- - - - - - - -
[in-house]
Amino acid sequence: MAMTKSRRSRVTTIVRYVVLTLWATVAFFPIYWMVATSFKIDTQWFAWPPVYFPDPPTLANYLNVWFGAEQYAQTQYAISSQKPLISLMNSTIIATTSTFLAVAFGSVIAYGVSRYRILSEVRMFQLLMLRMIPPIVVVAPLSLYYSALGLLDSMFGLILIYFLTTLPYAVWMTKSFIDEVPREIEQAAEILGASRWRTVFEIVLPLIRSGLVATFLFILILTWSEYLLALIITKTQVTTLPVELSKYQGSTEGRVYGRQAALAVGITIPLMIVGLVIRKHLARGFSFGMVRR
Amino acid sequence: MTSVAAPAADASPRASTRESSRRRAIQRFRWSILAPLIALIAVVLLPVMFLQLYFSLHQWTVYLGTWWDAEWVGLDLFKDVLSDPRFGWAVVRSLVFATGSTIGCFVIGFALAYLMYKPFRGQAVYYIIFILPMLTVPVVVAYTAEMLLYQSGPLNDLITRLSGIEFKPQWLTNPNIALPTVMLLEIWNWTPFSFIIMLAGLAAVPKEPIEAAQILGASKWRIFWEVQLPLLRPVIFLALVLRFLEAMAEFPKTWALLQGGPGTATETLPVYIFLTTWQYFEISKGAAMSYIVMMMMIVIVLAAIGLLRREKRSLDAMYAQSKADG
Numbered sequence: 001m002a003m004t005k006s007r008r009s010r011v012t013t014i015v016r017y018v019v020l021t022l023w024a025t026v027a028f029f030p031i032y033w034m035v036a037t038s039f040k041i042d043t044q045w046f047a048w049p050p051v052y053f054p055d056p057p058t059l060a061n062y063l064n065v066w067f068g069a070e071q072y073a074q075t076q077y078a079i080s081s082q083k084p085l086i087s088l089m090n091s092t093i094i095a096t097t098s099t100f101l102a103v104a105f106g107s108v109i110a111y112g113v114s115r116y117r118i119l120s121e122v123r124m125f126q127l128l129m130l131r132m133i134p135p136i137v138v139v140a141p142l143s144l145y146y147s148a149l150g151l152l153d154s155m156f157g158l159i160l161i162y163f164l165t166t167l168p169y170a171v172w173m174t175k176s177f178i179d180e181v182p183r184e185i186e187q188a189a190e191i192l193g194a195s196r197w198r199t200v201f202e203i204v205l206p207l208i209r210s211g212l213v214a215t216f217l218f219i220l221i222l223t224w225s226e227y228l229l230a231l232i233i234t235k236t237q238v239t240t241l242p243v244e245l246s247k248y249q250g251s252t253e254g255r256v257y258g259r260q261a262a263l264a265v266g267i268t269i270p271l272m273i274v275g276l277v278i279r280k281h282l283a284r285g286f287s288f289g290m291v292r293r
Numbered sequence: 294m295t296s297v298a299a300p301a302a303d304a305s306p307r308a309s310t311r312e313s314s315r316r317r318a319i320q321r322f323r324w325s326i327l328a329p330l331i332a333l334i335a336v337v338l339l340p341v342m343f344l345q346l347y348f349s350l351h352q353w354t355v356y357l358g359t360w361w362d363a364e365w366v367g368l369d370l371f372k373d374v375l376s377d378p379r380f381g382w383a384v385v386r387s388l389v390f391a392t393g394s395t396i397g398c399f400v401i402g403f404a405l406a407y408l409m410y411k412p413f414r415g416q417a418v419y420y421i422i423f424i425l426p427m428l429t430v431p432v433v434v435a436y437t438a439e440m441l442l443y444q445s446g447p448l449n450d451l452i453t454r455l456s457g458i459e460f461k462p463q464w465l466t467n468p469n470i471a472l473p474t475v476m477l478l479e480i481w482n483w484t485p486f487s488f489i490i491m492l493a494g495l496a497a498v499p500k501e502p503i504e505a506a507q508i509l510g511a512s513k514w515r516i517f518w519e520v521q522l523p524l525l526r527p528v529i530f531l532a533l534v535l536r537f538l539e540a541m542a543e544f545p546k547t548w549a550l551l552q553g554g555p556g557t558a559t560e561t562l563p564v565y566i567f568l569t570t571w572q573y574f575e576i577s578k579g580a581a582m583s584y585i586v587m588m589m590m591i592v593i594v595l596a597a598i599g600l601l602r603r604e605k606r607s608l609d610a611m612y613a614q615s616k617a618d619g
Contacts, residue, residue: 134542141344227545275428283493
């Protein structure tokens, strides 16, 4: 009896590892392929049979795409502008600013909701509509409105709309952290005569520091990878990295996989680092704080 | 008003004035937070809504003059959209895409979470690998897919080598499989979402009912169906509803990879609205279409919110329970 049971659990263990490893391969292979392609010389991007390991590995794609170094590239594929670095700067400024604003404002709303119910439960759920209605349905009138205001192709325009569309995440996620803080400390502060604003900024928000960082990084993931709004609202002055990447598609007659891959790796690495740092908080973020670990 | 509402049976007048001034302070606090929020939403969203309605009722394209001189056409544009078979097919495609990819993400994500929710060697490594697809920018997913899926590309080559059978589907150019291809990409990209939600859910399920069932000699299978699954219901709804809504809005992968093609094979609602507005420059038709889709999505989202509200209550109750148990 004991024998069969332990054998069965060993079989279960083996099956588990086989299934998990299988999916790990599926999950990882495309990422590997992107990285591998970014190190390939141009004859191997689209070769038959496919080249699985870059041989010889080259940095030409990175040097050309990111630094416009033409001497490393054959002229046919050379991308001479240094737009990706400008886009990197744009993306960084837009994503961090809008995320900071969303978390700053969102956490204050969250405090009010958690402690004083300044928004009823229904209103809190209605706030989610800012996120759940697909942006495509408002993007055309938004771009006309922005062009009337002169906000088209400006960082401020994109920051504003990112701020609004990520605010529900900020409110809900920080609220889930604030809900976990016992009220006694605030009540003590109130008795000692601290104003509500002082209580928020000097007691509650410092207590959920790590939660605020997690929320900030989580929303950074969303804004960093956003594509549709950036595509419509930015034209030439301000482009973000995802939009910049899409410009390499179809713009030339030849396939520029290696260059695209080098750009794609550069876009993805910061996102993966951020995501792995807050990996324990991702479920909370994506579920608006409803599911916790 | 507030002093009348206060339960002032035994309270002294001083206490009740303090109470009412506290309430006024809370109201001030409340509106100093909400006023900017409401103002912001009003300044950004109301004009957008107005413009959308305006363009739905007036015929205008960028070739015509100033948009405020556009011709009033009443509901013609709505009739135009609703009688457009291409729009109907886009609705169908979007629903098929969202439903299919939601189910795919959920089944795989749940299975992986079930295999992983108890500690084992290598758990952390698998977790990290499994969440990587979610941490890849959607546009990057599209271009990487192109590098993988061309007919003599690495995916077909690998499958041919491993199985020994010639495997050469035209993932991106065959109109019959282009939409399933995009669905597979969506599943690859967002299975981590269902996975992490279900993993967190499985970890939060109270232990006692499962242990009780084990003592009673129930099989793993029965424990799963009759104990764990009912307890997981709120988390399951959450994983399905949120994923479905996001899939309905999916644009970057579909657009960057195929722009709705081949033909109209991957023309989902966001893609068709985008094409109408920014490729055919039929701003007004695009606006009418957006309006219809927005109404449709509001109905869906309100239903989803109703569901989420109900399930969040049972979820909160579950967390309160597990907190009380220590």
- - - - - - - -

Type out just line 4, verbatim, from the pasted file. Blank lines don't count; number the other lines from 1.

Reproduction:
Numbered sequence: 001m002a003m004t005k006s007r008r009s010r011v012t013t014i015v016r017y018v019v020l021t022l023w024a025t026v027a028f029f030p031i032y033w034m035v036a037t038s039f040k041i042d043t044q045w046f047a048w049p050p051v052y053f054p055d056p057p058t059l060a061n062y063l064n065v066w067f068g069a070e071q072y073a074q075t076q077y078a079i080s081s082q083k084p085l086i087s088l089m090n091s092t093i094i095a096t097t098s099t100f101l102a103v104a105f106g107s108v109i110a111y112g113v114s115r116y117r118i119l120s121e122v123r124m125f126q127l128l129m130l131r132m133i134p135p136i137v138v139v140a141p142l143s144l145y146y147s148a149l150g151l152l153d154s155m156f157g158l159i160l161i162y163f164l165t166t167l168p169y170a171v172w173m174t175k176s177f178i179d180e181v182p183r184e185i186e187q188a189a190e191i192l193g194a195s196r197w198r199t200v201f202e203i204v205l206p207l208i209r210s211g212l213v214a215t216f217l218f219i220l221i222l223t224w225s226e227y228l229l230a231l232i233i234t235k236t237q238v239t240t241l242p243v244e245l246s247k248y249q250g251s252t253e254g255r256v257y258g259r260q261a262a263l264a265v266g267i268t269i270p271l272m273i274v275g276l277v278i279r280k281h282l283a284r285g286f287s288f289g290m291v292r293r